Improvement in patient-reported physical and mental health after parathyroidectomy for primary hyperparathyroidism

Zanocco, K.; Butt, Z.; Kaltman, D.; Elaraj, D.; Cella, D.; Holl, J. L.; Sturgeon, C.

Surgery. 2015 Jun 3; 158(3):837-45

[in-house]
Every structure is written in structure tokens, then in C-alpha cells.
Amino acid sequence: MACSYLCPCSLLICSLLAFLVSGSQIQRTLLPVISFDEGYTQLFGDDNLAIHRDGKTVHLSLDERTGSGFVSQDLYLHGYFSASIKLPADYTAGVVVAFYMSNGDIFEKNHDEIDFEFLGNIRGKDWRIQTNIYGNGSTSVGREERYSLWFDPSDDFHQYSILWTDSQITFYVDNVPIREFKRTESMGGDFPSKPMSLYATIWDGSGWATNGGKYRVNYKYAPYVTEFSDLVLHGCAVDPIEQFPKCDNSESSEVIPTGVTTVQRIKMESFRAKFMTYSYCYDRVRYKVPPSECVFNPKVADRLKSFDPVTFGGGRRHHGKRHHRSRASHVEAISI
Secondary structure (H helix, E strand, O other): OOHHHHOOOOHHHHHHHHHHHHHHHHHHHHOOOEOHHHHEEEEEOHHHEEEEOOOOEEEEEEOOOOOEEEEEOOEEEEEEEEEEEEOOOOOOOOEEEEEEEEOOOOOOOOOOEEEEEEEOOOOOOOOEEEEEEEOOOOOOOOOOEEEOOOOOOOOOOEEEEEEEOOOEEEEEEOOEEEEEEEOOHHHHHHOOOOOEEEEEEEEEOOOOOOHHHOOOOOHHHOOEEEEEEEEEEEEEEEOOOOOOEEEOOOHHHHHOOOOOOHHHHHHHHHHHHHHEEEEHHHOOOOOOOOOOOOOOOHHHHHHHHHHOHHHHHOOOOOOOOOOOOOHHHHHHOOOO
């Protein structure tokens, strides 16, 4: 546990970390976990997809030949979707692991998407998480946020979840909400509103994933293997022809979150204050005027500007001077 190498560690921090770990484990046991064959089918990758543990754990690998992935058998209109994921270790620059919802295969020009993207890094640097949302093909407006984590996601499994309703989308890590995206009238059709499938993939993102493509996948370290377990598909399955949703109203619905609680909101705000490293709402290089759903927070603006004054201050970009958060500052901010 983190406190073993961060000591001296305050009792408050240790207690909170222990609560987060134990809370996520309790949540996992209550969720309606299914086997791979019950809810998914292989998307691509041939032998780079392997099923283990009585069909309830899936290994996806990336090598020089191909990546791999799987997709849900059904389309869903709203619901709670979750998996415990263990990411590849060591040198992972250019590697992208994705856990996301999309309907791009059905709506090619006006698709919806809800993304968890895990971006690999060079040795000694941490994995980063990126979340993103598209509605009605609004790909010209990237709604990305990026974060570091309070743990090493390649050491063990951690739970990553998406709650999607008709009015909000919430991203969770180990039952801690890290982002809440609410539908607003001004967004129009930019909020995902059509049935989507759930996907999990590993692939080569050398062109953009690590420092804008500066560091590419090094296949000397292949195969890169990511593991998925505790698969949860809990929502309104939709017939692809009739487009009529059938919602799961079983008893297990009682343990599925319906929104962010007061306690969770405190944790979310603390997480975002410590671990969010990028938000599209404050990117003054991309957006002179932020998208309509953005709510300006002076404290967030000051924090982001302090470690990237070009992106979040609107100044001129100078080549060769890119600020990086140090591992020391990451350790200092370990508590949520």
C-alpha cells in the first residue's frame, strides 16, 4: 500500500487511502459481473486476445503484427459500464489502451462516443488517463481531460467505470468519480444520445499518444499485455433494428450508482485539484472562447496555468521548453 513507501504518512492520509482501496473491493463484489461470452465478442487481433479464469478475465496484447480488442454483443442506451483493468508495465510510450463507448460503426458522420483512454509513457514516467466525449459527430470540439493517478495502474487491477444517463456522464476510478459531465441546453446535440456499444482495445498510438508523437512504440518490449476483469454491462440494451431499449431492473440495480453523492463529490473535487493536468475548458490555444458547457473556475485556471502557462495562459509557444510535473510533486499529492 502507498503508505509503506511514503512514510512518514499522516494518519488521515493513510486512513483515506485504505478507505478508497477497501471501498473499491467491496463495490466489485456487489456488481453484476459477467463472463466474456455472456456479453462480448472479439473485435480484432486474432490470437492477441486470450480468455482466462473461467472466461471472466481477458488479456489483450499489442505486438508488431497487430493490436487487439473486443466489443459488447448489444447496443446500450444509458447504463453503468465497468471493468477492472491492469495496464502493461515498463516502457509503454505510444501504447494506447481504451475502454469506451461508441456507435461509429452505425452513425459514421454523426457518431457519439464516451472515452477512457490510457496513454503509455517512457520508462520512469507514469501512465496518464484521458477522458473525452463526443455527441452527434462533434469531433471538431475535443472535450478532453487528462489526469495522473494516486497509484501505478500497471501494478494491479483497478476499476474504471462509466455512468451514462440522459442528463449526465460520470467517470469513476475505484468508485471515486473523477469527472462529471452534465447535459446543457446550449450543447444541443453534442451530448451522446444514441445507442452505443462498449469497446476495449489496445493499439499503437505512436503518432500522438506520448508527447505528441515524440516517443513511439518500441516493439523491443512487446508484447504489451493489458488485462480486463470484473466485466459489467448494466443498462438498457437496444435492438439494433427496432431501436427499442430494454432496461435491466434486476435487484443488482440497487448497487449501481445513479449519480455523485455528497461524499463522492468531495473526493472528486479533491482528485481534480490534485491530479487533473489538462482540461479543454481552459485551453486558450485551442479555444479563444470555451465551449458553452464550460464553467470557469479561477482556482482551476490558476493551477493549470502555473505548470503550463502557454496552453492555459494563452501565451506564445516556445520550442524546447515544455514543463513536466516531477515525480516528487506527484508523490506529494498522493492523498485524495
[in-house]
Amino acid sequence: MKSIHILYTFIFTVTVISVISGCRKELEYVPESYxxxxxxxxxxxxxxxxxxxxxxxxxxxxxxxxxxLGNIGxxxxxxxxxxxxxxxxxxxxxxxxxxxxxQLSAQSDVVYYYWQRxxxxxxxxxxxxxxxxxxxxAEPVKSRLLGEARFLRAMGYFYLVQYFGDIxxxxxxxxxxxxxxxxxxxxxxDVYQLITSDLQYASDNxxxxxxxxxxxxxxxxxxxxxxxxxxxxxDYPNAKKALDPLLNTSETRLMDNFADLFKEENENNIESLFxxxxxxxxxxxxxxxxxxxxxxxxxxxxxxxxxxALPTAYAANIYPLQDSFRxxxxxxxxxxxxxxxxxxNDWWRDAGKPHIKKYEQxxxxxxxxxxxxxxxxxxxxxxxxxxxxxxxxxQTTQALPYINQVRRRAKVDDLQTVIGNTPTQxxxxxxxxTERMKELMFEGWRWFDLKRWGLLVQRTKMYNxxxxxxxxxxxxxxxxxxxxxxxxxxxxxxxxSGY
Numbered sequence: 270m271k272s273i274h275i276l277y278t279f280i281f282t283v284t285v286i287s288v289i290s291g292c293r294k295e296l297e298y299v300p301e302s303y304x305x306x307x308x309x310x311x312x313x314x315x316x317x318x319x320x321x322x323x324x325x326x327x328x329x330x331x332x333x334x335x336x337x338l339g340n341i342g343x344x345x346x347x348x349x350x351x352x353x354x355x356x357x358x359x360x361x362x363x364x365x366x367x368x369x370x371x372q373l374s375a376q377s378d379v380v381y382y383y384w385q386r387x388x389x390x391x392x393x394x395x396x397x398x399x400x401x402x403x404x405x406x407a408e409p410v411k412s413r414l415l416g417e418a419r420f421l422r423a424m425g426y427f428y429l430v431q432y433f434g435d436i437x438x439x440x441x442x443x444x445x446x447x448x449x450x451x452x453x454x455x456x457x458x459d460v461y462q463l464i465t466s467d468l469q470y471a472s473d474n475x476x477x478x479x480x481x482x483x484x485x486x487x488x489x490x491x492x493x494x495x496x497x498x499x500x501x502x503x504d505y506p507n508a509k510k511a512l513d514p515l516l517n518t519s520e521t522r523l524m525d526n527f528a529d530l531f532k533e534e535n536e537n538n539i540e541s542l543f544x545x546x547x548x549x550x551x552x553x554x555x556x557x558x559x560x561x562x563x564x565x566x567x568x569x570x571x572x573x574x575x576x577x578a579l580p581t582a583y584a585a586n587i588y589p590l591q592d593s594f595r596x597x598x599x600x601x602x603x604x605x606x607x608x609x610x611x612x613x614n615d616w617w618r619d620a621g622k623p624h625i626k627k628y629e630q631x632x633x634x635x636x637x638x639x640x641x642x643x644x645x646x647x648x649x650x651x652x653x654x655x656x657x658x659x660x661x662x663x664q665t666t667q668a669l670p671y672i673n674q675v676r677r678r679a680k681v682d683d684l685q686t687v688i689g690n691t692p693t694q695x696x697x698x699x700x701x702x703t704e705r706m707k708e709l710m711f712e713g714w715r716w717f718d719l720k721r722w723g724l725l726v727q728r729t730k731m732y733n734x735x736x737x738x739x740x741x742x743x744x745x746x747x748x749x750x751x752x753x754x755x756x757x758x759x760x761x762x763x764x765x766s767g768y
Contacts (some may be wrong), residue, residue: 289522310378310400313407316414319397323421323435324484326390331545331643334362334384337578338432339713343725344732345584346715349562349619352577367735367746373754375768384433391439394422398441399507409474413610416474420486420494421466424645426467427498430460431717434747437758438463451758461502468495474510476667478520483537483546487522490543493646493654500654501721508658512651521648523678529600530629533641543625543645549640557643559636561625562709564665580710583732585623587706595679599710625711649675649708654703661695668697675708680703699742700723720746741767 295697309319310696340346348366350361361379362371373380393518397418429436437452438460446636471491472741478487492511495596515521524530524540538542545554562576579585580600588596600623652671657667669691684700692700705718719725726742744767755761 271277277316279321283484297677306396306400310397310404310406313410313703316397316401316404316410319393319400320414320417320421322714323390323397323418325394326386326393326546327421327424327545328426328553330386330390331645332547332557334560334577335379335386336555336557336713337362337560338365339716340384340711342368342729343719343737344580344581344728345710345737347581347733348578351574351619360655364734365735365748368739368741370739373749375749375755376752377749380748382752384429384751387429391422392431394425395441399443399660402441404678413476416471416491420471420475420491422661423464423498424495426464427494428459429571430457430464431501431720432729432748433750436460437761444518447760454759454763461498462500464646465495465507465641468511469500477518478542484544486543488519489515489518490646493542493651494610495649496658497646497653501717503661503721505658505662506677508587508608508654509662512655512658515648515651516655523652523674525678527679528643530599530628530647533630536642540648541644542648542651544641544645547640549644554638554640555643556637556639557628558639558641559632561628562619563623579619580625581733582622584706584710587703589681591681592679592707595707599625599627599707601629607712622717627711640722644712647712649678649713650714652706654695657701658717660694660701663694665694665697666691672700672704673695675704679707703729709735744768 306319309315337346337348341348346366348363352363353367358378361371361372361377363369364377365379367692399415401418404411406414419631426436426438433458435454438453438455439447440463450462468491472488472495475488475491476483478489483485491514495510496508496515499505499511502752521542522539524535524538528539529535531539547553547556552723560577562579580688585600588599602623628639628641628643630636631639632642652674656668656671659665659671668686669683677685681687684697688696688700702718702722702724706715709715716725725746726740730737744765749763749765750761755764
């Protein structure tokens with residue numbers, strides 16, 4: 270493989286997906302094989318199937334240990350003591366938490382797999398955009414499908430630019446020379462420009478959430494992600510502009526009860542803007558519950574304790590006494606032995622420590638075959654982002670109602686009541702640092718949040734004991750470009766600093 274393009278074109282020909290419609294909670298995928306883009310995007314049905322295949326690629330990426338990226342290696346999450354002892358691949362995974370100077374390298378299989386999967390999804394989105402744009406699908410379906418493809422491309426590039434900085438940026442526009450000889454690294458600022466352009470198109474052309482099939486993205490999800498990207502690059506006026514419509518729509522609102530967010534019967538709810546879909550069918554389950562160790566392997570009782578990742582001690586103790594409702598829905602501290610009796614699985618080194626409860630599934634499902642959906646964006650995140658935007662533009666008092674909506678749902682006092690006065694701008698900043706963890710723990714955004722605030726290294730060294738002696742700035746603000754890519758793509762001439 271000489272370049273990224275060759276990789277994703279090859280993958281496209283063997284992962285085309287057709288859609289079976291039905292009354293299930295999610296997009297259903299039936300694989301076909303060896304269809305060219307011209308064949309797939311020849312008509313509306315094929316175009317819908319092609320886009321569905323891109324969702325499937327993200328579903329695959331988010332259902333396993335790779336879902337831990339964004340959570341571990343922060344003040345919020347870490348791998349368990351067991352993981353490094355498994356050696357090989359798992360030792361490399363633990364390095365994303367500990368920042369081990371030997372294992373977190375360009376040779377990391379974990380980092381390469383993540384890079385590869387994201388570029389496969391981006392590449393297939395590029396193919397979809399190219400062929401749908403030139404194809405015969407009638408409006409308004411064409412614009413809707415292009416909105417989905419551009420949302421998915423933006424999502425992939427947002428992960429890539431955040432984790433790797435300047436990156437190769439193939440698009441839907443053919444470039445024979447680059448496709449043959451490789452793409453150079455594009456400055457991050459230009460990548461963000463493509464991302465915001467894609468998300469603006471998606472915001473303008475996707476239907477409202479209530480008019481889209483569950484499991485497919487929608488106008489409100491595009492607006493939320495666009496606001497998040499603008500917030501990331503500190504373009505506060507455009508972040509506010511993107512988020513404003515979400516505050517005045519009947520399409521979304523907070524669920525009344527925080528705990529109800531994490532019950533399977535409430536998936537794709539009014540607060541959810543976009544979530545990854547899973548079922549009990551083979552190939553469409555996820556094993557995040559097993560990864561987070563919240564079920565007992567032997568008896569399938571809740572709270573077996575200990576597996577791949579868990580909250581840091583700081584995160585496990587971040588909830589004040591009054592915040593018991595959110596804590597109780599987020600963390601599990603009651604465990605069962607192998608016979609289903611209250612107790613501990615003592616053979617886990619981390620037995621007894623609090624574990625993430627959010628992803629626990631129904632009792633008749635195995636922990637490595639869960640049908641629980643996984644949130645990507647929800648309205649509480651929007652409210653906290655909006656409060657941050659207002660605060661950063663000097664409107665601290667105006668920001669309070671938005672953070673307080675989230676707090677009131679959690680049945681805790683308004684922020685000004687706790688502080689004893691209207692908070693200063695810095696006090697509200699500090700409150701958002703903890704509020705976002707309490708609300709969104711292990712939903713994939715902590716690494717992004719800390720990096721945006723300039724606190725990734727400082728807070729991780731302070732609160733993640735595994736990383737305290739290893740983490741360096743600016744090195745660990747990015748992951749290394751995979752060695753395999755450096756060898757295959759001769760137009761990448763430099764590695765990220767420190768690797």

BACKGROUND: The majority of patients with primary hyperparathyroidism (PHPT) are diagnosed without the classic signs of renal or osseous complications. Vague and subjective symptoms have been attributed to PHPT but have been difficult to measure during the medical encounter. The Patient-Reported Outcomes Measurement Information System (PROMIS) of the National Institutes of Health contains validated measures of physical and mental health that can be administered by the use of computer-adaptive testing (CAT). The objective of this study was to evaluate the feasibility of PROMIS assessment in the clinical setting to measure changes in patient-reported health before and after parathyroidectomy. We hypothesized that patients undergoing parathyroidectomy for PHPT would report greater improvement in mental and physical health compared with control patients. METHODS: Adult PHPT patients scheduled for parathyroidectomy and control patients requiring diagnostic thyroid operation were enrolled prospectively during a 6-month period. Patients were administered clinically relevant PROMIS health domains via CAT at a preoperative visit and 3 weeks after operation. A change in score of 5 or greater for each PROMIS instrument was defined as clinically important. Statistical significance of pre/post-surgery changes in scores was determined using paired t tests. RESULTS: A total of 35 patients with PHPT and 9 control patients completed the study. The mean number of PROMIS items answered during an assessment was 67 (range 51-121, SD 15.4). Median completion time was 8.2 minutes (range 3.4-38.4, SD 4.7). Clinically important improvement after parathyroidectomy in the PHPT group was greater than in the control group in 5 PROMIS domains. The score improvement experienced by PHPT patients was 8.8 in Fatigue, 6.7 in Sleep-Related Impairment, 5.0 in Anxiety, 7.0 in Applied Cognition, and 6.2 in Depression (all P < .05). CONCLUSION: PROMIS is an efficient clinical assessment platform for measuring patient-reported outcomes in PHPT via CAT. Several domains of physical and mental health in patients with PHPT show statistically and clinically important improvement after parathyroidectomy.

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